Bowhead whales, and not right whales, were the primary target of 16th- to 17th-century Basque Whalers in the Western North Atlantic
Keywords: Balaena mysticetus, Eubalaena glacialis, whaling, Basque, Little Ice Age, historical population size, DNA, bone, cytochrome b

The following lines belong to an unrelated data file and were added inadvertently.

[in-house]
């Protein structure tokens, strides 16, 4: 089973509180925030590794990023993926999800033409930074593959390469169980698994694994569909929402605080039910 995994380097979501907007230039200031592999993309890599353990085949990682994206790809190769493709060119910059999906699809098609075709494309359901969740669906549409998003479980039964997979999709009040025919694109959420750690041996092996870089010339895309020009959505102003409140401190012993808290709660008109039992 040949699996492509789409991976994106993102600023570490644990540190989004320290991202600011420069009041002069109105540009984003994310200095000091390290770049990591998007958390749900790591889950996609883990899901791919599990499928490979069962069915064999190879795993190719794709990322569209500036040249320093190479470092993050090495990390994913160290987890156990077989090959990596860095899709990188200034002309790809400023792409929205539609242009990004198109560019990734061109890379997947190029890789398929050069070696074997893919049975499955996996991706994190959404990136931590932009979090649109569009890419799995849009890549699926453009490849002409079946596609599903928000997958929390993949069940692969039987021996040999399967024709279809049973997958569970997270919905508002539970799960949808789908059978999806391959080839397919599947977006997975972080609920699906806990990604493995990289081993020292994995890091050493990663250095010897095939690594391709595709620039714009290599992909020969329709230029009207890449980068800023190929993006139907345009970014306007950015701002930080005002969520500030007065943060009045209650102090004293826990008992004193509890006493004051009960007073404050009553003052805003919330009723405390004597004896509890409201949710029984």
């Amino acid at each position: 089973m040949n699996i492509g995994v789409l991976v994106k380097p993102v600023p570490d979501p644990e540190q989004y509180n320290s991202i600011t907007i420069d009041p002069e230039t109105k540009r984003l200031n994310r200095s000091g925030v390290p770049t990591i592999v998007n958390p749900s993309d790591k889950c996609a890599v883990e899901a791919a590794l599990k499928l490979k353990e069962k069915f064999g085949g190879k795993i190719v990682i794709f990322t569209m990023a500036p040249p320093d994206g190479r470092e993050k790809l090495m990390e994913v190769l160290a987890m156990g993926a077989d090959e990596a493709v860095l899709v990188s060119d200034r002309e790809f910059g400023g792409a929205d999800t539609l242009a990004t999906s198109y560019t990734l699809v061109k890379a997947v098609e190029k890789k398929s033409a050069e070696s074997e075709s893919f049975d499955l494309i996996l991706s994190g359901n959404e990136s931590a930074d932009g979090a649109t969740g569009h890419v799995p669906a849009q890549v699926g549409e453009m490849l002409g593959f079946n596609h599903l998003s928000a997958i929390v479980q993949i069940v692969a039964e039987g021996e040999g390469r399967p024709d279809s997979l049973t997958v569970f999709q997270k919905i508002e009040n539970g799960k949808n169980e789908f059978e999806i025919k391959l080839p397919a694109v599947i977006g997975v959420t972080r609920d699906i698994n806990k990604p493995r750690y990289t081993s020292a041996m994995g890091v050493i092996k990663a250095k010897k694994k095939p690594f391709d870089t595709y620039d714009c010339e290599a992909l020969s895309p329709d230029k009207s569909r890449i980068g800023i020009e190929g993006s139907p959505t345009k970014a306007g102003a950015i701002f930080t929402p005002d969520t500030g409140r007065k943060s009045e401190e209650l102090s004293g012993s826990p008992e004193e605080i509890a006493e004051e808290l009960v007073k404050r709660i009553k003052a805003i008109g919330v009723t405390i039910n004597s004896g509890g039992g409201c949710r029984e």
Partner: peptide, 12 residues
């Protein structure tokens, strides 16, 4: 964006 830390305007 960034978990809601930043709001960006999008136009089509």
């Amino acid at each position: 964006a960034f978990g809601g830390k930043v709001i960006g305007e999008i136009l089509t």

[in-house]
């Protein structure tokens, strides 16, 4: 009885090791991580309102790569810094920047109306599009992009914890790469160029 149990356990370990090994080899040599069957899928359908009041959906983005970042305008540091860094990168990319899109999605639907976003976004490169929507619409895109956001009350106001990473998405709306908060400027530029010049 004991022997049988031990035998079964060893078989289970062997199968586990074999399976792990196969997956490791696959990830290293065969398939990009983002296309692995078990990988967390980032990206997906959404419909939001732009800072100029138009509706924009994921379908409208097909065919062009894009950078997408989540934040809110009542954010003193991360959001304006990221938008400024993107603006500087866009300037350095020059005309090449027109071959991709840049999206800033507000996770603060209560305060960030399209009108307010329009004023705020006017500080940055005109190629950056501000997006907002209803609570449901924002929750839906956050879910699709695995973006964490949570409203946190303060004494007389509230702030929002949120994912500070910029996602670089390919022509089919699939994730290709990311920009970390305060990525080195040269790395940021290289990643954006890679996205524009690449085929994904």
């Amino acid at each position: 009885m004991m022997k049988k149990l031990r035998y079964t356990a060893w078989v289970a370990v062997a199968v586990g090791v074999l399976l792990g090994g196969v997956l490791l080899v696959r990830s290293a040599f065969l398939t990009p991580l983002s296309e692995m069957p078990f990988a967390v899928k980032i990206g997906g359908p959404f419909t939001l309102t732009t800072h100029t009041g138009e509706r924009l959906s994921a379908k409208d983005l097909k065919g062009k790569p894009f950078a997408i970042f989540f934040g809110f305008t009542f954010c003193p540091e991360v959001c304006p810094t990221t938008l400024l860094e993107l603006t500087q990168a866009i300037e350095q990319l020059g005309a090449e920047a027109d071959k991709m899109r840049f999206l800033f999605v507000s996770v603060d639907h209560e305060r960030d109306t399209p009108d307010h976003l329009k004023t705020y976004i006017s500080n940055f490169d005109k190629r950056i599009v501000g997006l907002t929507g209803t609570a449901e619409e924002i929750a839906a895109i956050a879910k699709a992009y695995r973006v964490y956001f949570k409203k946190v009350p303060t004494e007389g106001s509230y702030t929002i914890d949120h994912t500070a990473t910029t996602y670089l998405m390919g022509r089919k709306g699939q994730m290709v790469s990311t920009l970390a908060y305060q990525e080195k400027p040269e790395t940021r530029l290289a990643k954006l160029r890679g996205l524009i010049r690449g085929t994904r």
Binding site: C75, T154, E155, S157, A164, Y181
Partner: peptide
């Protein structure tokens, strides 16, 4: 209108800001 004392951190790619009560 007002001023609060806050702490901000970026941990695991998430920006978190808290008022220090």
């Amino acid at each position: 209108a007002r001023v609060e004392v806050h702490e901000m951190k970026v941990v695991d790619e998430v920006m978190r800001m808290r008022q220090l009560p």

AbstractDuring the 16th and 17th centuries, Basque whalers travelled annually to the Strait of Belle Isle and Gulf of St. Lawrence to hunt whales. The hunting that occurred during this period is of primary significance for the North Atlantic right whale, Eubalaena glacialis (Müller, 1776), because it has been interpreted as the largest human-induced reduction of the western North Atlantic population, with ~12250–21 000 whales killed. It has been frequently reported that the Basques targeted two species in this region: the North Atlantic right whale and the bowhead whale, Balaena mysticetus L., 1758. To evaluate this hypothesis and the relative impact of this period of whaling on both species, we collected samples from 364 whale bones during a comprehensive search of Basque whaling ports from the 16th to the 17th century in the Strait of Belle Isle and Gulf of St. Lawrence. Bones were found and sampled at 10 of the 20 sites investigated. DNA was extracted from a subset (n = 218) of these samples. Analysis of the mitochondrial cytochrome b region identified five whale species. The identification of only a single right whale bone and 203 bowhead whale bones from at least 72 individuals indicates that the bowhead whale was likely the principal target of the hunt. These results imply that this whaling had a much greater impact (in terms of numbers of whales removed) on the bowhead whale population than on the western North Atlantic right whale population.